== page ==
Community interest in Verizon support for the Electron?

tl;dr - Community interest in Verizon support for the Electron?


I’m the co-founder and CTO at Tule, where we are building a remote sensor network that helps commercial agriculture companies monitor their water use. We are planning to build our next generation hardware on the Particle platform, and we were excited to see the recent announcement for the Electron (our sensors run on cellular). However, for our company, Verizon support is a must have - a large percentage of the fields we work in have no AT&T or TMobile coverage. Unfortunately that means that the standard Electron, which is planned to be GSM-only, won’t work for us.

I’m sure this same problem applies to other rural applications such as hiking, mining, equipment tracking, etc. With this in mind, we’re interested in gauging community interest for an effort to bring Verizon support to the Electron ecosystem.

It seems that there are 2 major obstacles that are preventing the Particle team from offering Verizon support in the initial release of the Electron:

  1. The larger uBlox Verizon modem is too large to fit on the proposed Electron PCB (which is built to be backwards compatible with the Core and Photon header layout)
  2. Verizon is not part of their MVNO program, therefore, they can’t offer painless activation and management of data on the Verizon network.

From our perspective, it would be worth the pain of initiating a direct relationship with Verizon and giving up footprint compatibility with the Photon, in exchange for getting Verizon-compatible hardware that works with the Particle software stack and device management tools.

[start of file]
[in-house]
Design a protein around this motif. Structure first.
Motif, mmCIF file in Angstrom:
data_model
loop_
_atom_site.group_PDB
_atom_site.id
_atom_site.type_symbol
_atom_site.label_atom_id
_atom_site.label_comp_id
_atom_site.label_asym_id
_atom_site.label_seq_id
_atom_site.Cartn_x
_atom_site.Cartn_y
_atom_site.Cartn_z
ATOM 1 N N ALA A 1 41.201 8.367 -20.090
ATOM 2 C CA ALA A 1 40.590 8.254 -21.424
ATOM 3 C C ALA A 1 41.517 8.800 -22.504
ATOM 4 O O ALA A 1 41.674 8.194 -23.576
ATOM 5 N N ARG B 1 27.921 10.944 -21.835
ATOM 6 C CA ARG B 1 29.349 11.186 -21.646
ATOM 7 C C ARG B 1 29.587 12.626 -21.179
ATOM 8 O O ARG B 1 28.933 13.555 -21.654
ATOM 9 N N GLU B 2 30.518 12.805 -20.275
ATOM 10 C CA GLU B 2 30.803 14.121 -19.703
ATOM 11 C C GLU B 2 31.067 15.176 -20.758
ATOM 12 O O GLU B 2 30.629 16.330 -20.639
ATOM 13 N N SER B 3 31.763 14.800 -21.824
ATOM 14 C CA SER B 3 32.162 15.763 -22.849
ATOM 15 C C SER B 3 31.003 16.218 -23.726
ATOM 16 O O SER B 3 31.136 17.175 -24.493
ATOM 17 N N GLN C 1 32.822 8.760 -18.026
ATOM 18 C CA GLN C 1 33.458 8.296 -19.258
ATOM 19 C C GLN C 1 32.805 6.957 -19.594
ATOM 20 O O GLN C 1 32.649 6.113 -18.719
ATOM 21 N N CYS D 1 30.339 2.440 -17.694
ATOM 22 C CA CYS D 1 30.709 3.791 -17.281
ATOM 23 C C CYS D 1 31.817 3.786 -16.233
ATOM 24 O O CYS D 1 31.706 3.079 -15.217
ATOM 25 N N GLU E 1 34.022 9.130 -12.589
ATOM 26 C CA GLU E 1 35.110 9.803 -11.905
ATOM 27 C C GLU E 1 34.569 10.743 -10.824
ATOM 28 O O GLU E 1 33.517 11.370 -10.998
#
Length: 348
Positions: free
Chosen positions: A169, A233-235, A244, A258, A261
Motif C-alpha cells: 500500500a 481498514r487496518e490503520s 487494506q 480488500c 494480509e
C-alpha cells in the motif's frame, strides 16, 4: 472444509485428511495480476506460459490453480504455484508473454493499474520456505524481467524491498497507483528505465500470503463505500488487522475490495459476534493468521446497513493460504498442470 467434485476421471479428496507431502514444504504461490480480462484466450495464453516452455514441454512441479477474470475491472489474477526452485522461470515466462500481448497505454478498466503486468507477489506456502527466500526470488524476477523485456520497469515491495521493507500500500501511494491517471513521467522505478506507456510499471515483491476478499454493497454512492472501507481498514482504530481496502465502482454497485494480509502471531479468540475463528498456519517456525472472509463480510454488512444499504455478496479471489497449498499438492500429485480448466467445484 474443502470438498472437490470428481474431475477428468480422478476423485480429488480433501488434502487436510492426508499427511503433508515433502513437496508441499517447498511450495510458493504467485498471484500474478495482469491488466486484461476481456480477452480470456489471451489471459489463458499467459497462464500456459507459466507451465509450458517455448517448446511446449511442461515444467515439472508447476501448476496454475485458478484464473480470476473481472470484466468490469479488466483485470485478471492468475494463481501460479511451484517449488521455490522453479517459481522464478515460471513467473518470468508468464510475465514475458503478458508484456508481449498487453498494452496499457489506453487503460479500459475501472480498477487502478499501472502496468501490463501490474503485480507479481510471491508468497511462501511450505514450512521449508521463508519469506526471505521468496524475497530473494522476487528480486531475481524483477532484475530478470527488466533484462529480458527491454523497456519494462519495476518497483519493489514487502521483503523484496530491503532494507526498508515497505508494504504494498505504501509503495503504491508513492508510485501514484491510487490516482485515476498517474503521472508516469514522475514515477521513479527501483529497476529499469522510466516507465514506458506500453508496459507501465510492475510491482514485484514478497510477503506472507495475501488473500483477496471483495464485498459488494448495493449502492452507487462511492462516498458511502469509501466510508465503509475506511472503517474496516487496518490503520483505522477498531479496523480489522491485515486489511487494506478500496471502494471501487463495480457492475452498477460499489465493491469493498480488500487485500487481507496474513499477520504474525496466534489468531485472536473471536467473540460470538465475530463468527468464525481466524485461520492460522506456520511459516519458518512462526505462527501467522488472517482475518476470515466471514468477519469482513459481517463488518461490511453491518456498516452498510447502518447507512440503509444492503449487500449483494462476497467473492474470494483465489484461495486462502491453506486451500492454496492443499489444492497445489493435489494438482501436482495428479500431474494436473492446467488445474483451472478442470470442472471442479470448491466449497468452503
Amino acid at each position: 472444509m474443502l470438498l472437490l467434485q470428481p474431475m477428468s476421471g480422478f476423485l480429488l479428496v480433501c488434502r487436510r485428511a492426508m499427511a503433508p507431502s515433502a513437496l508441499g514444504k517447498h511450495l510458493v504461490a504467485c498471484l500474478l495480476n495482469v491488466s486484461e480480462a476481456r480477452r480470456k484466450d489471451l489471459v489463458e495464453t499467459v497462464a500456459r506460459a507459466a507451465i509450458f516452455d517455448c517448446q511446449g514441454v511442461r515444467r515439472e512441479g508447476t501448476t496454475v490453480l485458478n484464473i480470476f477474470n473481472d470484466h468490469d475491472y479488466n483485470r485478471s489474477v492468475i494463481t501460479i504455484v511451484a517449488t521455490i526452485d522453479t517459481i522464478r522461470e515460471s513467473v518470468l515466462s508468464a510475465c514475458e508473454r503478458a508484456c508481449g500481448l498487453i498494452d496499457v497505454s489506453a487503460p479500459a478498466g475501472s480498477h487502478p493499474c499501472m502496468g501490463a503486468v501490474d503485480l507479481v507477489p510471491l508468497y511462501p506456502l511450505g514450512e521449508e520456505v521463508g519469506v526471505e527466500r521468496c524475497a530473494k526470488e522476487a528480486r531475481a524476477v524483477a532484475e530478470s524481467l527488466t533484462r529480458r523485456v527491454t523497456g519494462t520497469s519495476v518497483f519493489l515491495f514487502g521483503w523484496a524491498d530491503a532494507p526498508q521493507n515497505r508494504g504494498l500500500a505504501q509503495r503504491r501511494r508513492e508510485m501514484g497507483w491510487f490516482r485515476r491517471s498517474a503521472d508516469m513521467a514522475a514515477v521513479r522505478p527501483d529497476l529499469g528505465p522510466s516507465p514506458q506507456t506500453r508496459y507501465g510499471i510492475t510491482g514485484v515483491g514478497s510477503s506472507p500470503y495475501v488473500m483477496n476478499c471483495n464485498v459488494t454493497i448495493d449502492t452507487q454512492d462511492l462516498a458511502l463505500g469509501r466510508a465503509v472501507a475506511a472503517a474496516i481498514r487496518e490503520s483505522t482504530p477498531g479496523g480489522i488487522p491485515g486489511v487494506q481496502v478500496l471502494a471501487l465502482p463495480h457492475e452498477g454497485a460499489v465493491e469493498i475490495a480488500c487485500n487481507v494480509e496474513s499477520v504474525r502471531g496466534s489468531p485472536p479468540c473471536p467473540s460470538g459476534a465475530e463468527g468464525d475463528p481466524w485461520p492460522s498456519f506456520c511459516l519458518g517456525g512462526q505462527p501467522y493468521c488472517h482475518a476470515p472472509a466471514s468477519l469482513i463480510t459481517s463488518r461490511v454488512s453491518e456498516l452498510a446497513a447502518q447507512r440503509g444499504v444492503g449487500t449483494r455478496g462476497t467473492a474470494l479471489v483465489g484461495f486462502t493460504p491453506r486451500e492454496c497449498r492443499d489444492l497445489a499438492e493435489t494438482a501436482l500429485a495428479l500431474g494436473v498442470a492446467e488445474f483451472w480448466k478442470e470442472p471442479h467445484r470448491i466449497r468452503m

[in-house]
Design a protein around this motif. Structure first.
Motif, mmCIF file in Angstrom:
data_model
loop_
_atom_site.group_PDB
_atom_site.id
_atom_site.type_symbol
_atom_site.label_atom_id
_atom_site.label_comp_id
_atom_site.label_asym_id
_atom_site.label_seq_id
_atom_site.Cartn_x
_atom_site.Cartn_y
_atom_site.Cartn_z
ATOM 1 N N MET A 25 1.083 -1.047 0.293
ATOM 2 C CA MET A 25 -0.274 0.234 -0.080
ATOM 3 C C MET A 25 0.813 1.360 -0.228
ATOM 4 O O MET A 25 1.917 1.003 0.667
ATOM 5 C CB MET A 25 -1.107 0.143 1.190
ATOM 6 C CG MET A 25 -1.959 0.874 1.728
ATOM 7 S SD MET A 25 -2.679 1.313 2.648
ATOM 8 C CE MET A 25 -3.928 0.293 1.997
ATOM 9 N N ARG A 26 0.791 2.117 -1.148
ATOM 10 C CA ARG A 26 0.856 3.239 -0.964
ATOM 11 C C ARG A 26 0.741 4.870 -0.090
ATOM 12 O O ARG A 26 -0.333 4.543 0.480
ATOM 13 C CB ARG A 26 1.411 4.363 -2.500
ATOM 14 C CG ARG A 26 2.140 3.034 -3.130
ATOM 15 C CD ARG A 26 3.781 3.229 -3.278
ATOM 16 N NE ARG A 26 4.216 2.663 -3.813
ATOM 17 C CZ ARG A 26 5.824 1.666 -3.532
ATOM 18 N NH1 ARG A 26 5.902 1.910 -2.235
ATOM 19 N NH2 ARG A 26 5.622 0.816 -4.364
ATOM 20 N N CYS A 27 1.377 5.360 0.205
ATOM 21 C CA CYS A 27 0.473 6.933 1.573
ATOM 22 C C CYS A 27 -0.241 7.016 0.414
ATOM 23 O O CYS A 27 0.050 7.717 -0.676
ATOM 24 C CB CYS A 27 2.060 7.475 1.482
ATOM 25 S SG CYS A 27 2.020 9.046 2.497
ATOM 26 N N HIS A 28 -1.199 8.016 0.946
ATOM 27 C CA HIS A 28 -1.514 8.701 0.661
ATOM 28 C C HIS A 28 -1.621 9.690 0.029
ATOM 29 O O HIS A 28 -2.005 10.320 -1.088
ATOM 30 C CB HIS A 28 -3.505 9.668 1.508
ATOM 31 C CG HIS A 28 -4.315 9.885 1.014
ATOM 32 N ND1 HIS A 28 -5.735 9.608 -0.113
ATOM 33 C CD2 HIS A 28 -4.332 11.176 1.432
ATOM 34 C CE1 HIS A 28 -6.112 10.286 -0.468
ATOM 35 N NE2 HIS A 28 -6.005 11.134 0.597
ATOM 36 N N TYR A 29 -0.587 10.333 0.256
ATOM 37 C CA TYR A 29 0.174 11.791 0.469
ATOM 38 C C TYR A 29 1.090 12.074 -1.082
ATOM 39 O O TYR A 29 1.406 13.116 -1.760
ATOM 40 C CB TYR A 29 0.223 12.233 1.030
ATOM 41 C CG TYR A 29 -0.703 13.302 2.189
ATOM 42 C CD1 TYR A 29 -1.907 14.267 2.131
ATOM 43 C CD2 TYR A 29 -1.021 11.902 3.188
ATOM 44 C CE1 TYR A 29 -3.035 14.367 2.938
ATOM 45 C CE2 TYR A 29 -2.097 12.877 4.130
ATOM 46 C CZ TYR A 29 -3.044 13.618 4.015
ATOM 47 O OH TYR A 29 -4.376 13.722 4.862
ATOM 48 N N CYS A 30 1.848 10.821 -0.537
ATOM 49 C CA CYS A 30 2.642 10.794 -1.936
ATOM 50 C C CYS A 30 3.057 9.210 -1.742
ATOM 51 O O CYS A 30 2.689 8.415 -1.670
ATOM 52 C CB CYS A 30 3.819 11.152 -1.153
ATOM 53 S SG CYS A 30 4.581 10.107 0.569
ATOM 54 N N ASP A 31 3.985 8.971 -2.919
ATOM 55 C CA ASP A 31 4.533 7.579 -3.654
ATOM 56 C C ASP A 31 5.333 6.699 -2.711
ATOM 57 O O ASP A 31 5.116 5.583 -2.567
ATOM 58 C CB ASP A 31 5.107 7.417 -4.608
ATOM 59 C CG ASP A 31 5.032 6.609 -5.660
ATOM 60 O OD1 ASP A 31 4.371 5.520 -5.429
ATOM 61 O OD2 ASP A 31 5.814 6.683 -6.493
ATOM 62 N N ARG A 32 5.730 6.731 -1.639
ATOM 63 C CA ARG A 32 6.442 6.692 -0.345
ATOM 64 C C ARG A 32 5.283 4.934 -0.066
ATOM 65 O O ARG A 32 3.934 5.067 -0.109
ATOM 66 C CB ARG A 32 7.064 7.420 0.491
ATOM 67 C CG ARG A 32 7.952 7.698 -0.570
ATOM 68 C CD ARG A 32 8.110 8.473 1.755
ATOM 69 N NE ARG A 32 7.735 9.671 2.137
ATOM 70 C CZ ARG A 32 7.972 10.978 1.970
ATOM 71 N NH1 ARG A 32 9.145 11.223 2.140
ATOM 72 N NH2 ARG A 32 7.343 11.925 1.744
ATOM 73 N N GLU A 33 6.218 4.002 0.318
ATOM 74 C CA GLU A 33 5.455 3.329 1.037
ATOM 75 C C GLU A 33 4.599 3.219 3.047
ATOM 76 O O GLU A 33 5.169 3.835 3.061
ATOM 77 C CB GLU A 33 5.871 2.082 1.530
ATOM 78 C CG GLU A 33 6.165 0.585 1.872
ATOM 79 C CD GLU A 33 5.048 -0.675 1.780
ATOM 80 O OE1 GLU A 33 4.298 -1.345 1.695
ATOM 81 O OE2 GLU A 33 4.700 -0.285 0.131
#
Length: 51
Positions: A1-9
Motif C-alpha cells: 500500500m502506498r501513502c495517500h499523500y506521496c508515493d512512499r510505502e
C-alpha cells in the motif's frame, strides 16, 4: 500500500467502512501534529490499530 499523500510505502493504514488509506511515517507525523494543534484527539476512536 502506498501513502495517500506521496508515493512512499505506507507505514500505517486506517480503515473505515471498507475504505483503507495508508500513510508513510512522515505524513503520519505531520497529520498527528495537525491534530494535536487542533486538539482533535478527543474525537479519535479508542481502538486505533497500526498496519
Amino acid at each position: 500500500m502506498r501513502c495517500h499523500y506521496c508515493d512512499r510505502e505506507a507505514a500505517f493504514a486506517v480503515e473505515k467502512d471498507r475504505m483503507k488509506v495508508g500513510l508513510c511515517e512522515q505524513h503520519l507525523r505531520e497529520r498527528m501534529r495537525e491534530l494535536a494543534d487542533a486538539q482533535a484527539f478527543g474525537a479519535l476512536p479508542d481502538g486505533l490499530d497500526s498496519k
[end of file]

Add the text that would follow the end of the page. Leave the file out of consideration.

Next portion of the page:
Possible Solutions

The uBlox modems that the Particle team has selected for the Electron have been designed to solve this problem using a Nested Design architecture. As you can see in the following graphic, it is possible to support the Verizon modem (and 4G modems) by designing the PCB with 3 nested modem footprints:

At least 2 solutions are possible for the PCB layout:

  1. Make the board longer to accommodate the larger modem while maintaining the header layout of the Core and Photon
  • Pros:
    • Maintains header compatibility with the Core and Photons
    • Is compatible with breadboards
  • Cons:
    • Long shape requires larger enclosure
    • Probably more wasted PCB in manufacturing
  1. Make the board wider, breaking compatibility with the Core and Photon, but minimizing overall PCB size (and cost)
  • Pros:
    • PCB can be loaded with either AT&T or Verizon modems
    • Same PCB will be compatible with next generation uBlox modems
    • Most compact size for smaller enclosure
    • More efficient to manufacture
  • Cons:
    • Header not compatible with Core and Electron

With either of the above PCB layouts, the Electron firmware could be modified to support the Verizon modem. Thus, we could have all the benefits of the Particle over the air updates, secure communication, cloud services, etc, with coverage of the Verizon network.


Seeking input from the community: